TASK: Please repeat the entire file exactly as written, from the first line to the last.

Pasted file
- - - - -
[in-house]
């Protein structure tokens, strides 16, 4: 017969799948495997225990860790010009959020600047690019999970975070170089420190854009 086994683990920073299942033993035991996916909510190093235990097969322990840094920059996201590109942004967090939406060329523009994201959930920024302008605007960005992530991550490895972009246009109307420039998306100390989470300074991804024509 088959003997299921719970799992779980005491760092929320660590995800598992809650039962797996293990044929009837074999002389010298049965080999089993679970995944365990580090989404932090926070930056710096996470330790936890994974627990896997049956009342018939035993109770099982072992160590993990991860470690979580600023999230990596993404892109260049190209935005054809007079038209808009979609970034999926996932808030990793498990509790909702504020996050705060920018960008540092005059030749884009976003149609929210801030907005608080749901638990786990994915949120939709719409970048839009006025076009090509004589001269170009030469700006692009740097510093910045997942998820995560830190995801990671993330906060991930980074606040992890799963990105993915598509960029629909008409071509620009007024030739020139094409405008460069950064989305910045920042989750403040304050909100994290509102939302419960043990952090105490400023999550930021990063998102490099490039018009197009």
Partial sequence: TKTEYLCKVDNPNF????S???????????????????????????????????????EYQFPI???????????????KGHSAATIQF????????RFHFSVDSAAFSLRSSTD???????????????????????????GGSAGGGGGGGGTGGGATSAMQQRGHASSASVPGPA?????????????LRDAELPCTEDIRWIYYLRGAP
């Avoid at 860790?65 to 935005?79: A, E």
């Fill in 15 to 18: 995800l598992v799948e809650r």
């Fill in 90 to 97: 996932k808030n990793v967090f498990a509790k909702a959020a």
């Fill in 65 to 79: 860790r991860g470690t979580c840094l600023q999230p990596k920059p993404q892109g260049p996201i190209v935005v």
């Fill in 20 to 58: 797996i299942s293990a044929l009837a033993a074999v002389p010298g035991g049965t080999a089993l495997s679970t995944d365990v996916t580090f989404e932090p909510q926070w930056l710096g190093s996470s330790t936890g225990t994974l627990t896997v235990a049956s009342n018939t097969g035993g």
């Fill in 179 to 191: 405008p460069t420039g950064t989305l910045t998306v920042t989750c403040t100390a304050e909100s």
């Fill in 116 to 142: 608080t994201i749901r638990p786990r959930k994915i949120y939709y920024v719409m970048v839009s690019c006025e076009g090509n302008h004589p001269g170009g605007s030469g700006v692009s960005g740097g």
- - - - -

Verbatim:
[in-house]
């Protein structure tokens, strides 16, 4: 017969799948495997225990860790010009959020600047690019999970975070170089420190854009 086994683990920073299942033993035991996916909510190093235990097969322990840094920059996201590109942004967090939406060329523009994201959930920024302008605007960005992530991550490895972009246009109307420039998306100390989470300074991804024509 088959003997299921719970799992779980005491760092929320660590995800598992809650039962797996293990044929009837074999002389010298049965080999089993679970995944365990580090989404932090926070930056710096996470330790936890994974627990896997049956009342018939035993109770099982072992160590993990991860470690979580600023999230990596993404892109260049190209935005054809007079038209808009979609970034999926996932808030990793498990509790909702504020996050705060920018960008540092005059030749884009976003149609929210801030907005608080749901638990786990994915949120939709719409970048839009006025076009090509004589001269170009030469700006692009740097510093910045997942998820995560830190995801990671993330906060991930980074606040992890799963990105993915598509960029629909008409071509620009007024030739020139094409405008460069950064989305910045920042989750403040304050909100994290509102939302419960043990952090105490400023999550930021990063998102490099490039018009197009």
Partial sequence: TKTEYLCKVDNPNF????S???????????????????????????????????????EYQFPI???????????????KGHSAATIQF????????RFHFSVDSAAFSLRSSTD???????????????????????????GGSAGGGGGGGGTGGGATSAMQQRGHASSASVPGPA?????????????LRDAELPCTEDIRWIYYLRGAP
């Avoid at 860790?65 to 935005?79: A, E």
């Fill in 15 to 18: 995800l598992v799948e809650r």
């Fill in 90 to 97: 996932k808030n990793v967090f498990a509790k909702a959020a």
């Fill in 65 to 79: 860790r991860g470690t979580c840094l600023q999230p990596k920059p993404q892109g260049p996201i190209v935005v």
């Fill in 20 to 58: 797996i299942s293990a044929l009837a033993a074999v002389p010298g035991g049965t080999a089993l495997s679970t995944d365990v996916t580090f989404e932090p909510q926070w930056l710096g190093s996470s330790t936890g225990t994974l627990t896997v235990a049956s009342n018939t097969g035993g």
């Fill in 179 to 191: 405008p460069t420039g950064t989305l910045t998306v920042t989750c403040t100390a304050e909100s």
């Fill in 116 to 142: 608080t994201i749901r638990p786990r959930k994915i949120y939709y920024v719409m970048v839009s690019c006025e076009g090509n302008h004589p001269g170009g605007s030469g700006v692009s960005g740097g």